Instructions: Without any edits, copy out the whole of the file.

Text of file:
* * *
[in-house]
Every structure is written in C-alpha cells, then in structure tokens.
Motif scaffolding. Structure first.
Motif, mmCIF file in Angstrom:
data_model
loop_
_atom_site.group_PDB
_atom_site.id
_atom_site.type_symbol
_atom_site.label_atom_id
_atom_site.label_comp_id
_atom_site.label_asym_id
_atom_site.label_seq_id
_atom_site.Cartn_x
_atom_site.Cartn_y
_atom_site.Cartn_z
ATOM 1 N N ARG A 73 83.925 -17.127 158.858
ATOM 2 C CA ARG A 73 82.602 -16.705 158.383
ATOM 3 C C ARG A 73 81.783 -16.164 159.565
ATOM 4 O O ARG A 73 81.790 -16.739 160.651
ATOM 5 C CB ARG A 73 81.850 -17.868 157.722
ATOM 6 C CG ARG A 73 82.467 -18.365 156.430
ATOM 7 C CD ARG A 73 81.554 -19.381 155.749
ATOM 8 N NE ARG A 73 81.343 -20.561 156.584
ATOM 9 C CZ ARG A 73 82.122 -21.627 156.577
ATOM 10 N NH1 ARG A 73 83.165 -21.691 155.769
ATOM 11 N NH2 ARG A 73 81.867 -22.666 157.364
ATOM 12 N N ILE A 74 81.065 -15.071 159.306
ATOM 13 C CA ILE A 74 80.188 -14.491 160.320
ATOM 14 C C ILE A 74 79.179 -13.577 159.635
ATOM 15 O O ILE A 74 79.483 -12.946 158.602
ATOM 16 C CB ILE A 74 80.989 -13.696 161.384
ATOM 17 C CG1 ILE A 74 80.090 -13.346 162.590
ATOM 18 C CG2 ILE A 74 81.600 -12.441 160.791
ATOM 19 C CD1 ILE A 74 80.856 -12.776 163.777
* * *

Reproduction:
[in-house]
Every structure is written in C-alpha cells, then in structure tokens.
Motif scaffolding. Structure first.
Motif, mmCIF file in Angstrom:
data_model
loop_
_atom_site.group_PDB
_atom_site.id
_atom_site.type_symbol
_atom_site.label_atom_id
_atom_site.label_comp_id
_atom_site.label_asym_id
_atom_site.label_seq_id
_atom_site.Cartn_x
_atom_site.Cartn_y
_atom_site.Cartn_z
ATOM 1 N N ARG A 73 83.925 -17.127 158.858
ATOM 2 C CA ARG A 73 82.602 -16.705 158.383
ATOM 3 C C ARG A 73 81.783 -16.164 159.565
ATOM 4 O O ARG A 73 81.790 -16.739 160.651
ATOM 5 C CB ARG A 73 81.850 -17.868 157.722
ATOM 6 C CG ARG A 73 82.467 -18.365 156.430
ATOM 7 C CD ARG A 73 81.554 -19.381 155.749
ATOM 8 N NE ARG A 73 81.343 -20.561 156.584
ATOM 9 C CZ ARG A 73 82.122 -21.627 156.577
ATOM 10 N NH1 ARG A 73 83.165 -21.691 155.769
ATOM 11 N NH2 ARG A 73 81.867 -22.666 157.364
ATOM 12 N N ILE A 74 81.065 -15.071 159.306
ATOM 13 C CA ILE A 74 80.188 -14.491 160.320
ATOM 14 C C ILE A 74 79.179 -13.577 159.635
ATOM 15 O O ILE A 74 79.483 -12.946 158.602
ATOM 16 C CB ILE A 74 80.989 -13.696 161.384
ATOM 17 C CG1 ILE A 74 80.090 -13.346 162.590
ATOM 18 C CG2 ILE A 74 81.600 -12.441 160.791
ATOM 19 C CD1 ILE A 74 80.856 -12.776 163.777